SEC Digging Deeper at Redback
Redback senior VP Joel Arnold, who was an executive VP at Qwest until joining Redback in early 2002, is accused by the SEC of helping artificially accelerate Qwest’s recognition of revenue in two transactions, one of which involved reselling telecom equipment. "The SEC is seeking, among other remedies, that Mr. Arnold and four other defendants be permanently barred from serving as an officer or director of any public company," Redback's filing says. Redback notes in the filing that the SEC's civil suit against Arnold might cause some "distraction." In the past, Redback officials declined to comment on the suit, pointing out that it had nothing to do with Redback (see Redback Exec Part of Criminal Probe and Redback's Arnold Included in SEC Suit). In this latest filing, however, Redback says the suit "may affect [Arnold's] ability to serve as an officer of our company."
When contacted by phone, Redback officials declined to comment beyond what's in the filing.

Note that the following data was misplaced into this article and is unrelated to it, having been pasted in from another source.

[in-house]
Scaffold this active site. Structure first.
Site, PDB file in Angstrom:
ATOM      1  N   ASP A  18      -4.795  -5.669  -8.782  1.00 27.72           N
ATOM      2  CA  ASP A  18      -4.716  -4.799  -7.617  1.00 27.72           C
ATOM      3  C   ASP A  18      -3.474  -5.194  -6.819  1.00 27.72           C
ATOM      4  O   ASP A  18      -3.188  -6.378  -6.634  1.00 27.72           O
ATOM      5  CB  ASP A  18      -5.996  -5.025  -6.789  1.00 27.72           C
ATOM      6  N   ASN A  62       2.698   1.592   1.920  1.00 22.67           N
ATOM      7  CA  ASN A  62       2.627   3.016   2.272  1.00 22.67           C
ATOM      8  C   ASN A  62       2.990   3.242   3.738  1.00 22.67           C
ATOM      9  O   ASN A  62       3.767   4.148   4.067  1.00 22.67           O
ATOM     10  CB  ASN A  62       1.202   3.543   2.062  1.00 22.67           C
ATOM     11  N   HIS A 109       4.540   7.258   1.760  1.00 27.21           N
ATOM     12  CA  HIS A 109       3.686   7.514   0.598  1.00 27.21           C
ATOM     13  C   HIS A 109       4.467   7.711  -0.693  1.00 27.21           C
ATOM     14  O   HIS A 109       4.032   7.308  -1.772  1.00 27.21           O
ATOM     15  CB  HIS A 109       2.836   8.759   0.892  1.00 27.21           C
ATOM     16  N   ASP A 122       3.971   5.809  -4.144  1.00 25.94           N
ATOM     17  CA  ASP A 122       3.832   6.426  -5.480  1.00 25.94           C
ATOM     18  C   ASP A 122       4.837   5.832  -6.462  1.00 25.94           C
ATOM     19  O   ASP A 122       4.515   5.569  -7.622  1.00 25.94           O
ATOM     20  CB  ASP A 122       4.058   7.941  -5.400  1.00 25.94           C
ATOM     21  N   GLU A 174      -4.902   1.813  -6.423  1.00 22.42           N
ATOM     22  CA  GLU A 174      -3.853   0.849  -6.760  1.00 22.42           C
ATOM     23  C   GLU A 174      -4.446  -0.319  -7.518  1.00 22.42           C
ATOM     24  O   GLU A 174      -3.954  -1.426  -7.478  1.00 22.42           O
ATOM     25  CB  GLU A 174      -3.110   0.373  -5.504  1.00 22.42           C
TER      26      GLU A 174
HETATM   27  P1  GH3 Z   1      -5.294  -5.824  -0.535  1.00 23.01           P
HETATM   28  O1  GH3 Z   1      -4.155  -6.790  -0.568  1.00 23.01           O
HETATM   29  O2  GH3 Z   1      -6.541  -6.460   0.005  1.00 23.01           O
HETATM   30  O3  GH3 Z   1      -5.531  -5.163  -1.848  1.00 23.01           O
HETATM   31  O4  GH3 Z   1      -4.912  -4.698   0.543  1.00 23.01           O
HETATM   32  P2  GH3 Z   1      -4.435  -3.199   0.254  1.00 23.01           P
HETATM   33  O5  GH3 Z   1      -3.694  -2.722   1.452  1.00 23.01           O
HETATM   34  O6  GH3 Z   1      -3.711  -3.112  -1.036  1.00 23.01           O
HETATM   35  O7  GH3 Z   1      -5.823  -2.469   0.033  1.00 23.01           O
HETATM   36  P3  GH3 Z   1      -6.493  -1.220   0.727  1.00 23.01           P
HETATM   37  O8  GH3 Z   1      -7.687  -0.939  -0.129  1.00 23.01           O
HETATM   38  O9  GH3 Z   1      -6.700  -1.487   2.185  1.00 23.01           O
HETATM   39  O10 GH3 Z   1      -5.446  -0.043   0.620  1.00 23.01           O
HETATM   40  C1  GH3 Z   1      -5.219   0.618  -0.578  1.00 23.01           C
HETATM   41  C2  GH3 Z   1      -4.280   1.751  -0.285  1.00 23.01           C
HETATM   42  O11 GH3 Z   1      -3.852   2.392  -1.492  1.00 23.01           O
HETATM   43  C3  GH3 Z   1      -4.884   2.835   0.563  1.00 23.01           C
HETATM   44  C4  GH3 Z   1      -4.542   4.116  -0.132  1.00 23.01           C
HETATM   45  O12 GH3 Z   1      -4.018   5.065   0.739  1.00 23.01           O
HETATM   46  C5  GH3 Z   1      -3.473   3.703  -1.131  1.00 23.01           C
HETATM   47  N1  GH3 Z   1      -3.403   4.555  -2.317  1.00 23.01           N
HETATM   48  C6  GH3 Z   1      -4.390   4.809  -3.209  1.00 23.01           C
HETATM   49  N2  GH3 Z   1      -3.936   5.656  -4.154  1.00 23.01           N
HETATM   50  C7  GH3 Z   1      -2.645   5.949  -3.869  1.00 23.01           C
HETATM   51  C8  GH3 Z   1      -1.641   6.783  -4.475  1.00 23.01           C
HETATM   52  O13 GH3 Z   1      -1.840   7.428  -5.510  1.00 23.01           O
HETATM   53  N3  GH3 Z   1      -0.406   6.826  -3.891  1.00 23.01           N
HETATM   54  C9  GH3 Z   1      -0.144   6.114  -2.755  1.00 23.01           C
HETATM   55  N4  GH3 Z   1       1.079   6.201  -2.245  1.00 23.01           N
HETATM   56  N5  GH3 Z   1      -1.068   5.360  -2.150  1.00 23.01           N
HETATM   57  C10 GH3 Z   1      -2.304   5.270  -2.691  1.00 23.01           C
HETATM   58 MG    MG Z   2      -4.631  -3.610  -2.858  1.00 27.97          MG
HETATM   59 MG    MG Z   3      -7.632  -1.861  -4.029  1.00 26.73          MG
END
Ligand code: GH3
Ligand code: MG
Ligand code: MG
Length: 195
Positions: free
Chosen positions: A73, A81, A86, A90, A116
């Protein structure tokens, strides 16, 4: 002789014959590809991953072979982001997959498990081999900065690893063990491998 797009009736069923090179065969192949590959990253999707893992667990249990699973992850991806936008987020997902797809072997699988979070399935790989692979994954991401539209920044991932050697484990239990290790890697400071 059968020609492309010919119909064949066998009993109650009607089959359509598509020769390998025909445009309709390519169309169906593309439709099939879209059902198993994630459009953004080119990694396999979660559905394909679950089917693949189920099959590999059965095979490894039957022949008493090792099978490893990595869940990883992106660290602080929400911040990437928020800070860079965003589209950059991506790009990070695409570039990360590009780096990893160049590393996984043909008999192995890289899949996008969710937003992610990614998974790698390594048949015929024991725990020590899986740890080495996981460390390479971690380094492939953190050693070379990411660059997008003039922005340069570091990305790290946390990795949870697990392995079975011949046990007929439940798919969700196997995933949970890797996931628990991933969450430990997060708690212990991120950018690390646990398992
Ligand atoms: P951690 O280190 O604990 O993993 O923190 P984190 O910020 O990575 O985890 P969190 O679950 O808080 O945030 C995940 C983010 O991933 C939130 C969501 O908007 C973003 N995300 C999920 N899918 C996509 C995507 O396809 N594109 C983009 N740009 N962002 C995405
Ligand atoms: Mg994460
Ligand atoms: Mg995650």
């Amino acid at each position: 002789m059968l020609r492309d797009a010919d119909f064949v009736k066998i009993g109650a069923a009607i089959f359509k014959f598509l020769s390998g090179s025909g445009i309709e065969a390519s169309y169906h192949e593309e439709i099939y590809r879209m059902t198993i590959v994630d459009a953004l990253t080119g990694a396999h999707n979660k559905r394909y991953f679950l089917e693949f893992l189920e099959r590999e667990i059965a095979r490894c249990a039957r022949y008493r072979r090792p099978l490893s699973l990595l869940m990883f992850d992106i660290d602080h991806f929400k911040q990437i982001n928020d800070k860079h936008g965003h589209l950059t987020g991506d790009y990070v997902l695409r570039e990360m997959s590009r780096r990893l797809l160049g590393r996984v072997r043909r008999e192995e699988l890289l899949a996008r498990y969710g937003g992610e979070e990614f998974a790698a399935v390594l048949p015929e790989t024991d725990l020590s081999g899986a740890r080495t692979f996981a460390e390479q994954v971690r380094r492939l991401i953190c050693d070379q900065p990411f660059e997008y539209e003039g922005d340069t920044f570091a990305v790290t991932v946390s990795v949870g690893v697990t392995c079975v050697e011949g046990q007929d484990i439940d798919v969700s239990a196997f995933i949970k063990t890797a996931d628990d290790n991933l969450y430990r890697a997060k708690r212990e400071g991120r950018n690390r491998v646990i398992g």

Four former Qwest officials have been indicted this year for helping the carrier falsely recognize more than $33 million in revenues in 2001 (see Qwest Faces Fed's Fist). And at least one government agency has considered barring Qwest from future government business. The filing may raise some eyebrows, as it looks as if the SEC is taking a more particular interest in the Redback/Qwest relationship. Qwest was a big player in Redback's rise as a startup, and the companies had several common ties that predate Arnold's arrival at Redback. In 2000, Redback's sales to Qwest accounted for 15 percent of its annual revenues, or about $42 million. In 2001, Qwest sales accounted for 18 percent of Redback's revenues, or about $40.8 million. For a time, the two companies shared a board member in Kleiner Perkins Caufield & Byers partner Vinod Khosla, who was an investor in Redback. SEC filings and sources say that under Khosla's watch, several of Qwest's startup equipment suppliers gave top Qwest executives chances to buy their stock at dirt cheap prices (see Is Qwest Shunning Startups?). Shortly after Redback began supplying Qwest with equipment, in late 2000, Qwest's Cyber Solutions group announced a five-year, $18 million contract with Redback to help the vendor with enterprise resource planning, customer relationship management, and manufacturing operations. The revelation that the SEC is snooping into Redback's past came buried in the vendor's latest filing, which outlined to shareholders its proposed financial restructuring. Under terms of the plan, Redback needs its shareholders to approve a $467 million debt-for-equity swap that will leave them with only 5 percent of the company. If shareholders don't accept the deal, Redback would likely file for bankruptcy protection (see Redback Investors Flee Restructuring). — Phil Harvey, Senior Editor, Light Reading